Babylon A.D. -- Victory in Christ, Failure Any Other Way

Babylon A.D. stars Vin Diesel as Toorop, a hardened mercenary trying to survive in a dangerous, futuristic world. This movie was given the title "Babylon AD" probably because Babylon (the ancient civilization) is now a colloquialism for any society or civilation that is totally corrupt. Toorop sums up this modernized dystopia with a single statement: "Kill, or be killed." Toorop has learned that he can't trust anyone. His friends and even his employers might shoot him in the back at any moment.

Toorop ends up traveling from the Russia to the U.S., where things looks safer on the outsite, but the same kill-or-be-killed rule still applies. An insipid, new religion drives America's subtle, yet deep-rooted depravity. The leader of this religion will destroy anyone and anything that hinders her religious goals.

Toorop sees all this, yet he still chooses to help a young girl, Aurora (Mélanie Thierry) unconditionally. He turns down a lot of money and even sacrifices his life to keep this girl from harm. Up to that point, he had learned to survive at all costs, so it's miraculous that he softens himself and, in effect, gives up everything he has learned to die for this girl.

We all have had some stroke of bad luck or an unexpected turn in life that we might use to excuse our selfishness. If we wanted to, we all might cling to some aspect of life that seems unfair to justify an animalistic, kill-or-be-killed mentality.

But surrendering to selfishness = failure. Those who put themselves first lose in the end, without exception. This is why it is difficult to take part in God's kingdom; this is why the the gospel is offensive to most people.

This is what Jesus was talking about when he said, "Everyone who has left houses or brothers or sisters or father or mother or children or farms for my name's sake, will receive many times as much, and will inherit eternal life... many who are first will be last; and the last, first" (Matthew 19:29-30).

It takes far more courage to succeed by Jesus' rules, which depend on faith in God, than it to succeed by the world's standards, which depend on self-determination. It's no wonder that Christ's message continues to be difficult, or offensive to most people.

At the same time, there is a kind of godly determination. God gives us the chance to choose between bitterness and forgiveness, stinginess or magananimity, freedom in Christ or slavery to self.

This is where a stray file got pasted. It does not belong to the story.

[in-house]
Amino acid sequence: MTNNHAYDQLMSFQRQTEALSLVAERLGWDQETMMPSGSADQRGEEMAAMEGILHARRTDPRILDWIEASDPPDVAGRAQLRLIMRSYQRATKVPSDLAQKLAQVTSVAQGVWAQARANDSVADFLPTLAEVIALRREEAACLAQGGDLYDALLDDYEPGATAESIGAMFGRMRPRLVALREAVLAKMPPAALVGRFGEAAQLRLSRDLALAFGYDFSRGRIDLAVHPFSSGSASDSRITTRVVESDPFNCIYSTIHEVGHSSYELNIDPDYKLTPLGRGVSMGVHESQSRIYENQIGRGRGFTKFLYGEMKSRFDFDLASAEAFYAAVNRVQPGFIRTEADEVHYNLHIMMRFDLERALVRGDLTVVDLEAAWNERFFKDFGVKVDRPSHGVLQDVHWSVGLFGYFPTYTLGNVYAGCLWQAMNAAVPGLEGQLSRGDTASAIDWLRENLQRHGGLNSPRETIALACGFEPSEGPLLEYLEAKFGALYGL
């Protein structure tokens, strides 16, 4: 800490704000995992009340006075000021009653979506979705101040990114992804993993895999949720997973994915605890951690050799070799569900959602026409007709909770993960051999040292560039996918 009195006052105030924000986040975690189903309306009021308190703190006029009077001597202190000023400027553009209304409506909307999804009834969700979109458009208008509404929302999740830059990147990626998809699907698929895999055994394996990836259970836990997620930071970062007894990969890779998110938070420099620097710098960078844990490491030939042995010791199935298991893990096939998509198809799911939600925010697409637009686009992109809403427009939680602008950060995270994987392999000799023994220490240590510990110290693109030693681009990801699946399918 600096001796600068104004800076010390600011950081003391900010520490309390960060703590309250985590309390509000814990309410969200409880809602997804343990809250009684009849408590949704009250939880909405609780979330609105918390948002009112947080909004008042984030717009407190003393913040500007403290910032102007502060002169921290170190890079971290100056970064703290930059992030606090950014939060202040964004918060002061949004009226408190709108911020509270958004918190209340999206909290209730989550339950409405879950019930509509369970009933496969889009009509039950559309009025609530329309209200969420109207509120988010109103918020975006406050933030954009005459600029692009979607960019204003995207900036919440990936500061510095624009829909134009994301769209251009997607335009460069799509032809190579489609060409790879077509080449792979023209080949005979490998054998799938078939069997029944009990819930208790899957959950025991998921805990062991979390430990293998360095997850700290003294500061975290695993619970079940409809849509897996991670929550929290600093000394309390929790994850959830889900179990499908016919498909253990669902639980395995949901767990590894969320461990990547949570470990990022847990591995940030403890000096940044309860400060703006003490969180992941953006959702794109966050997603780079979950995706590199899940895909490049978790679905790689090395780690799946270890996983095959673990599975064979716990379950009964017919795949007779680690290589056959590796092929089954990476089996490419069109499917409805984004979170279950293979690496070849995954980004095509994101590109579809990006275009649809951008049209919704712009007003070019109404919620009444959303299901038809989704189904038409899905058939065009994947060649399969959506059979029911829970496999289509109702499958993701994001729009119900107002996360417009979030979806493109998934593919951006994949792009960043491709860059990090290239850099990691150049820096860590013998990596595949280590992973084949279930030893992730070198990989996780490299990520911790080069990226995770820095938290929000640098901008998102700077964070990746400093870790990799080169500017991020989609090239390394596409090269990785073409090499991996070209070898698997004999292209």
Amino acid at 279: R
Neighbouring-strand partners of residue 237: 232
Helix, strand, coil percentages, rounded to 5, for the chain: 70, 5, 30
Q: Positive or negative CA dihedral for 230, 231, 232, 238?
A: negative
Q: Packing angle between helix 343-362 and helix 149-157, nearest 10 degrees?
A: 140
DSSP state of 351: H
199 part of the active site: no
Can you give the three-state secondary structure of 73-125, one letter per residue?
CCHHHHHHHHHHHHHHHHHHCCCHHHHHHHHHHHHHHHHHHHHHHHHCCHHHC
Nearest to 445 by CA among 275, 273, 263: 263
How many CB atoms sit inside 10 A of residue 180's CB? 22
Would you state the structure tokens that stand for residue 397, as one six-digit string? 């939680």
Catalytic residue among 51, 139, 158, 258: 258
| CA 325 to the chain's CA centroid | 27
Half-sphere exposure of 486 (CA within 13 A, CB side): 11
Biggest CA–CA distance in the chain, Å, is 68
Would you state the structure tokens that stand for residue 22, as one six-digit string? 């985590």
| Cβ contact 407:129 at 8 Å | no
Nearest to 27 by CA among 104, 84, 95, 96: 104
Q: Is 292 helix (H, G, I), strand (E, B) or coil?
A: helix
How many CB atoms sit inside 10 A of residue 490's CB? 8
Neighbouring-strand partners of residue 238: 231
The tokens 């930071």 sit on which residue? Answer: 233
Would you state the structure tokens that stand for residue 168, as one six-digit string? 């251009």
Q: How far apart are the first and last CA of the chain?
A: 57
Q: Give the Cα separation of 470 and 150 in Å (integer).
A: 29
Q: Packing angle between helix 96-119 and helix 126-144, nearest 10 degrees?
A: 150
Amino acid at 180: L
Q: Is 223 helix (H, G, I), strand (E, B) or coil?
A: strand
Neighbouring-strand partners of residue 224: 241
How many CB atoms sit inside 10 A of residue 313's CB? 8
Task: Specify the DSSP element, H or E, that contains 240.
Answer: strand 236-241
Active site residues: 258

The few who lead triumphant lives might seem to be failures in the world's eyes because such people tend to neglect themselves for the good of others. According to the world, making oneself look smart and lifting up oneself is the way to success. In God's kingdom, looking like a fool for Christ and building up others before oneself is the way to success.

"The King will say to those on his right, 'Come, you who are blessed by my Father; take your inheritance, the kingdom prepared for you since the creation of the world. For I was hungry and you gave me something to eat, I was thirsty and you gave me something to drink, I was a stranger and you invited me in, I needed clothes and you clothed me, I was sick and you looked after me, I was in prison and you came to visit me.'"
--Parable of the Sheep and the Goats (Matthew 25:34-36).

1 comment:

KRAVEN said...

Not sure exactly how you found my blog, other than some sort of trivial yet still divine appointment, but once I read your heading "The Mysteries of God's Kingdom Revealed Through Movies, Music and Television" I was INSTANTLY a fan.

I've been especially interested in the subject, most notably after someone I fellowship with helped to reveal to me several biblical parables throughout The Matrix (which arrived to theaters long before I was a bible student).

I'm not much of a Vin Diesel fan, but you've brought attention to interesting parallels and elements of the story correlating to the Kingdom that may have been easily overlooked when you're being bombarded with Diesel's action-hero kitsch factor, and now I look forward to seeing the movie and digesting its story.

This blog is outstanding. Thanx for sharing.